Netflix expects to be streaming UltraHD 4K content within a couple of yearsâ€”which, if it happens, would be a watershed moment for the evolution of the next-generation of video resolution.
The upper end of HDTV offers a 2K resolution (2048 pixels over 1080 lines), but UltraHD ups the ante with 4K resolution (4096 pixels over 2160 lines). It thus delivers a resolution of eight million pixels, or four times the resolution of HDTV. Itâ€™s a big change, and only a handful of films have been produced using 4K cameras. Also, there is no broadcast standard for television feeds, nor compatible Blu-ray players or other STBs, meaning that the majority of TV companies have thus far opted out of spending the money to upgrade their equipment to deliver the content.
Thus, â€œstreaming will be the best way to get the 4K picture into people's homes,â€� said Neil Hunt, chief product officer at Netflix, in an interview with the Verge. â€œThat's because of the challenges involved in upgrading broadcast technologies and the fact that it isn't anticipated within the Blu-ray disc standard. Clearly we have much work to do with the compression and decode capability, but we expect to be delivering 4K within a year or two with at least some movies and then over time become an important source of 4K.â€�
He pointed out that while one of Netflixâ€™ original series, House of Cards, was mastered in full HD and shot in 4K. The company expects to take that raw footage and â€œhave some House of Cards 4K encodes later this year,â€� Hunt noted.
Outside of having content available, the other key to everything, of course, is reaching an install base of devices that can properly render 4K content. High-end models of UltraHD TVs (going for $10,000-$25,000 a pop) were showcased at CESÂ (News - Alert) and Mobile World Congress this year, but the industry has a long way to go to get 4K capability into consumer hands.
But one analyst argues that if set-makers wrap a range of content types into their offerings, 4K could become much more than simply a path to a crisper picture.
â€œVideo standards and broadcasting count for less â€“ at least as far as TV brandsâ€™ strategies are concerned,â€� said Paul Gray, researcher at DisplaySearch. â€œTV is becoming a mixture of video and graphics. As smart TV services mature and the big processor cores in the next generation of TV chips are used, graphics and Internet content become increasingly important.â€�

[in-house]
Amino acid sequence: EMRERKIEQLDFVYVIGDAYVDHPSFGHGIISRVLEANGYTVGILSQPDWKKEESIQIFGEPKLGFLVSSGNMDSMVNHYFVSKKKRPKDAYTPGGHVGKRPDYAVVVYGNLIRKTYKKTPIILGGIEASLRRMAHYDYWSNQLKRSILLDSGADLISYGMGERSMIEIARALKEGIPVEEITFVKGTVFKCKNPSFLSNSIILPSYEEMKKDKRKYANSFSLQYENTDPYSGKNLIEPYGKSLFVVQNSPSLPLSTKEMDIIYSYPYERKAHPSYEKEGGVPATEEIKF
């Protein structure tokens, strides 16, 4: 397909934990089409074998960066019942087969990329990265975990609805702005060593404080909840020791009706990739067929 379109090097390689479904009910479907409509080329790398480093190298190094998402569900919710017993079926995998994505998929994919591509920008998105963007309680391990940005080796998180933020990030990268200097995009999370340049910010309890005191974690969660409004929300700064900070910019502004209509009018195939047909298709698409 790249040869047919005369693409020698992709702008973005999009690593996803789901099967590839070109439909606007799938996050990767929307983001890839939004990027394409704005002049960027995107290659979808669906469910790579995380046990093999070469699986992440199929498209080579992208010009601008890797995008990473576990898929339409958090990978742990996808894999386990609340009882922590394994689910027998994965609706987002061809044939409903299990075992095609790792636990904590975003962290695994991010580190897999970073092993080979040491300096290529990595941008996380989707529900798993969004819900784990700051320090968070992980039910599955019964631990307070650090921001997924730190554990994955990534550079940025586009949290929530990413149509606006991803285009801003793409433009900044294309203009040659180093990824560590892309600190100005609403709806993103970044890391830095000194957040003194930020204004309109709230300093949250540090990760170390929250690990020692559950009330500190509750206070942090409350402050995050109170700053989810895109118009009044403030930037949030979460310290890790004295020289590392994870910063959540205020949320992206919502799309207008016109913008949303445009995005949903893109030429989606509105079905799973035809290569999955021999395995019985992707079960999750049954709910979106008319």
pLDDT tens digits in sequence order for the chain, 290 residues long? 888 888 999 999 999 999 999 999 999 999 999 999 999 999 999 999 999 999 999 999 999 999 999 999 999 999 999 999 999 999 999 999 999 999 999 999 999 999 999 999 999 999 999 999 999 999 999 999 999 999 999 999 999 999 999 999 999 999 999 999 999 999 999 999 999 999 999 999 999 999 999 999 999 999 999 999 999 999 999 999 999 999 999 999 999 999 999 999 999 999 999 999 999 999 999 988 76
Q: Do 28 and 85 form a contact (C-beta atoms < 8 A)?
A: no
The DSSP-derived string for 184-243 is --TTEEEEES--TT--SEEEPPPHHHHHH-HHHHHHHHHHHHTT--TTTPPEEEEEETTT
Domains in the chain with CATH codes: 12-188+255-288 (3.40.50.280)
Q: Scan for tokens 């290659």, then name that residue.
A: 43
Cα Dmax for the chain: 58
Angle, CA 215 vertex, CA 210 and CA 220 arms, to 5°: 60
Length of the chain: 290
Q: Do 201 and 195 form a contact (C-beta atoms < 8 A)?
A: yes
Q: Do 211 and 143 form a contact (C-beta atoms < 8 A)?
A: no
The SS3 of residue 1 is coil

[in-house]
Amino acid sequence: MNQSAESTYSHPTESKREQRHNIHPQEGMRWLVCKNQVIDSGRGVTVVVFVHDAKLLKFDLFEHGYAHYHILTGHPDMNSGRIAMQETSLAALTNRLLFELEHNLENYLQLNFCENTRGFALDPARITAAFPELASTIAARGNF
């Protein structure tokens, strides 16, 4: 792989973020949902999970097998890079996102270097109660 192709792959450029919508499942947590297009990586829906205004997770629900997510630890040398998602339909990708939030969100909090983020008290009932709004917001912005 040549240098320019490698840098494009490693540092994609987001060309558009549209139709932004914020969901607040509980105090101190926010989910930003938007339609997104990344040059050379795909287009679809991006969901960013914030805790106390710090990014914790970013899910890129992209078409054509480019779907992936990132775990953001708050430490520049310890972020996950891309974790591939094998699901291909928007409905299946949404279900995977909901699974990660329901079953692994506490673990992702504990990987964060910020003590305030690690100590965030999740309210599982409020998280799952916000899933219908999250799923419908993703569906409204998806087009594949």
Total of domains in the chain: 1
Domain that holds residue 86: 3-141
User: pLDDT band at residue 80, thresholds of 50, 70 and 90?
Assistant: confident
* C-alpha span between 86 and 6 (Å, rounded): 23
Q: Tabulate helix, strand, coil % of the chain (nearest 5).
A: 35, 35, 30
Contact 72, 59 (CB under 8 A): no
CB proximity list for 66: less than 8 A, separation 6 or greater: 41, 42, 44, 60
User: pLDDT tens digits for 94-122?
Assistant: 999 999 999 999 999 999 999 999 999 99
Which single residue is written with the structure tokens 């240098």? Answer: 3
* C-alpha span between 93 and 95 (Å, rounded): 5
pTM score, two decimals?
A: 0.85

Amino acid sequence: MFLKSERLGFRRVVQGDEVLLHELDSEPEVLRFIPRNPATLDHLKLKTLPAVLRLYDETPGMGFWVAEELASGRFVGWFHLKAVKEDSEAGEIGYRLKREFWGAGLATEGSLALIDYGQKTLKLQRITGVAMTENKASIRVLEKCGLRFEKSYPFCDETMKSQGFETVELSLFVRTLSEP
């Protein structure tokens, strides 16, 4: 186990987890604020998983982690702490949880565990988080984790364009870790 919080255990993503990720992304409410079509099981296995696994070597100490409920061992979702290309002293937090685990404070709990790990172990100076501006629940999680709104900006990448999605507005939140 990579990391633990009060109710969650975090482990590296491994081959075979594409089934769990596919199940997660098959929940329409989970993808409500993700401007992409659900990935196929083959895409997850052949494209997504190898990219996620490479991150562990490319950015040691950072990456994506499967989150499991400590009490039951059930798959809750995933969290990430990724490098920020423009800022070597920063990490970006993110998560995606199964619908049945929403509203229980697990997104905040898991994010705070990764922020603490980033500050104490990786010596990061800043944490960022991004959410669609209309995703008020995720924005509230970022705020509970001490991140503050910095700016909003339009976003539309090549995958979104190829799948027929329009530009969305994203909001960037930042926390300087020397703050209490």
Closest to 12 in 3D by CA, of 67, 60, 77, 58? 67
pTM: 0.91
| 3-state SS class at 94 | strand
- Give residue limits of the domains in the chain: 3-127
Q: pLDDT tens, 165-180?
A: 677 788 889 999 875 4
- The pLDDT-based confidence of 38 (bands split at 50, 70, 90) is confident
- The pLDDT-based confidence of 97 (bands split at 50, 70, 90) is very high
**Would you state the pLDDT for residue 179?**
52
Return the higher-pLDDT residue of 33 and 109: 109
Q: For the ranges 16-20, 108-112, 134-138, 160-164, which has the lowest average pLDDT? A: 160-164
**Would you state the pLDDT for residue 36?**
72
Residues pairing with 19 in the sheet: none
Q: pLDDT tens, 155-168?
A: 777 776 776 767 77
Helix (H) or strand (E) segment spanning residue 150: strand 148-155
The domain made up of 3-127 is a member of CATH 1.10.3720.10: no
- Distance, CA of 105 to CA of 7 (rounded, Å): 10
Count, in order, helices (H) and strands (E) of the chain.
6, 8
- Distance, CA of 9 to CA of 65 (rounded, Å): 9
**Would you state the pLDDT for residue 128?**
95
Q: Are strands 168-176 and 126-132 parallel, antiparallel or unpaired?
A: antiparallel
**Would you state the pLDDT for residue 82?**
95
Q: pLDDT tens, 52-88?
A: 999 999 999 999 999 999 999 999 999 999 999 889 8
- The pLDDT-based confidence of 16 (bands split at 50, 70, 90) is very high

Enter, of course, Netflix. Hunt said that his company is ready for the transition. â€œOur goal is for people to get immersed in the story, whatever that is,â€� Hunt said. â€œAnd to that end we try to make the technology as seamless and smooth as possible. If people notice the rendering of the picture or the user interface, then that's subtracting from the experience we're looking for. The goal is to deliver the best possible picture that your equipment and network and source material is capable of. That way, we let people connect most closely to what they're watching.â€�
Meanwhile, David HsiehÂ (News - Alert), NPD DisplaySearch vice president for the greater China market, said panel manufacturers are also looking to accelerate 4K panel adoption by strengthening their relationships with LCD TV brands with more aggressive manufacturing and sales efforts.
Â â€œ4KÃ—2K LCD TV is the newest TV technology available, and in order for it to be successful, it will be critical for the supply chain to avoid falling behind when making their purchases, even if content is still scarce,â€� Hsieh added. â€œSome panel makers are also working with design houses to develop circuits built into the panel, to enable up-scaling of HD to 4KÃ—2K content. This will help to drive the 4KÃ—2K LCD TV market and encourage panel makers, especially those that have already started design-in work with TV brands in 2013.â€�
Edited by Rachel Ramsey